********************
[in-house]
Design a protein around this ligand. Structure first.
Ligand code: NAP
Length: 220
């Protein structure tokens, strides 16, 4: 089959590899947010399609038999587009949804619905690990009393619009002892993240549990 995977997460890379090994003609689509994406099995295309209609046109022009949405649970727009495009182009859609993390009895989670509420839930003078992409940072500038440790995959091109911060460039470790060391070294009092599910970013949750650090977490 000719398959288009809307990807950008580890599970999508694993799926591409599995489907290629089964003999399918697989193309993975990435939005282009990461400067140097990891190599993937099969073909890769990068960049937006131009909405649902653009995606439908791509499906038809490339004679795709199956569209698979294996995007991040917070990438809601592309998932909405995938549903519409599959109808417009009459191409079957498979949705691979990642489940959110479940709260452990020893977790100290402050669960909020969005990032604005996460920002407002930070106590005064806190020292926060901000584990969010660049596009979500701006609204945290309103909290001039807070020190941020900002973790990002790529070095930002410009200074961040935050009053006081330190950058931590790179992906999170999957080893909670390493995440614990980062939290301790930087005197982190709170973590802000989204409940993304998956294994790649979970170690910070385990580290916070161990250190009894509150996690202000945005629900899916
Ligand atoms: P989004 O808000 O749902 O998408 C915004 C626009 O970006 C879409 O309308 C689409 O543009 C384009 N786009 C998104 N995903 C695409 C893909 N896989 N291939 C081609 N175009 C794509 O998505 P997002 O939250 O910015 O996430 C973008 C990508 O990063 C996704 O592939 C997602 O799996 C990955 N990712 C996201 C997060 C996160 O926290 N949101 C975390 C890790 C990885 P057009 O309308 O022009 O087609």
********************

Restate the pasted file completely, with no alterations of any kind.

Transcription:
[in-house]
Design a protein around this ligand. Structure first.
Ligand code: NAP
Length: 220
């Protein structure tokens, strides 16, 4: 089959590899947010399609038999587009949804619905690990009393619009002892993240549990 995977997460890379090994003609689509994406099995295309209609046109022009949405649970727009495009182009859609993390009895989670509420839930003078992409940072500038440790995959091109911060460039470790060391070294009092599910970013949750650090977490 000719398959288009809307990807950008580890599970999508694993799926591409599995489907290629089964003999399918697989193309993975990435939005282009990461400067140097990891190599993937099969073909890769990068960049937006131009909405649902653009995606439908791509499906038809490339004679795709199956569209698979294996995007991040917070990438809601592309998932909405995938549903519409599959109808417009009459191409079957498979949705691979990642489940959110479940709260452990020893977790100290402050669960909020969005990032604005996460920002407002930070106590005064806190020292926060901000584990969010660049596009979500701006609204945290309103909290001039807070020190941020900002973790990002790529070095930002410009200074961040935050009053006081330190950058931590790179992906999170999957080893909670390493995440614990980062939290301790930087005197982190709170973590802000989204409940993304998956294994790649979970170690910070385990580290916070161990250190009894509150996690202000945005629900899916
Ligand atoms: P989004 O808000 O749902 O998408 C915004 C626009 O970006 C879409 O309308 C689409 O543009 C384009 N786009 C998104 N995903 C695409 C893909 N896989 N291939 C081609 N175009 C794509 O998505 P997002 O939250 O910015 O996430 C973008 C990508 O990063 C996704 O592939 C997602 O799996 C990955 N990712 C996201 C997060 C996160 O926290 N949101 C975390 C890790 C990885 P057009 O309308 O022009 O087609």